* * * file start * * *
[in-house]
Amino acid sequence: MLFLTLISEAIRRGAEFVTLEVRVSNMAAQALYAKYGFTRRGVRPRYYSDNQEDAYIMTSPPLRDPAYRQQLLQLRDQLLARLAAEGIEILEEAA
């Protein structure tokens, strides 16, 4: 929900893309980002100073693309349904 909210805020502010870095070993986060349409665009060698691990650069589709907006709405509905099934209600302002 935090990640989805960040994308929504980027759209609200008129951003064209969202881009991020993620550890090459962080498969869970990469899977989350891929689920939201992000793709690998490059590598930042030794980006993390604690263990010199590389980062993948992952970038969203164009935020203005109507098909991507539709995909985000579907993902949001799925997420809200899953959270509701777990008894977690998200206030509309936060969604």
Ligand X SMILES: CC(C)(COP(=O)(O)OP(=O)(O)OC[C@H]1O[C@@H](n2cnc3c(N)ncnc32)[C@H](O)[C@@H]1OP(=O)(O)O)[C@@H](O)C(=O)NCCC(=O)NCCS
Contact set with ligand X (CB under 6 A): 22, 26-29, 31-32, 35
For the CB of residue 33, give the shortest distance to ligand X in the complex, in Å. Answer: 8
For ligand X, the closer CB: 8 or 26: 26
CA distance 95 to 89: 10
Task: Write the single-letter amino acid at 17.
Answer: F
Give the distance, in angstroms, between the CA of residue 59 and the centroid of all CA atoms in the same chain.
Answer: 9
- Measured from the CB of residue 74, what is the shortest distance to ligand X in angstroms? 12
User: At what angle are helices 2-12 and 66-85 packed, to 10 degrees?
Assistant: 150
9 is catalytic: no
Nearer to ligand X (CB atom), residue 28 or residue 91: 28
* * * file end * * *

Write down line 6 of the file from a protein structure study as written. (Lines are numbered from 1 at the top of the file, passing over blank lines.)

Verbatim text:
For the CB of residue 33, give the shortest distance to ligand X in the complex, in Å. Answer: 8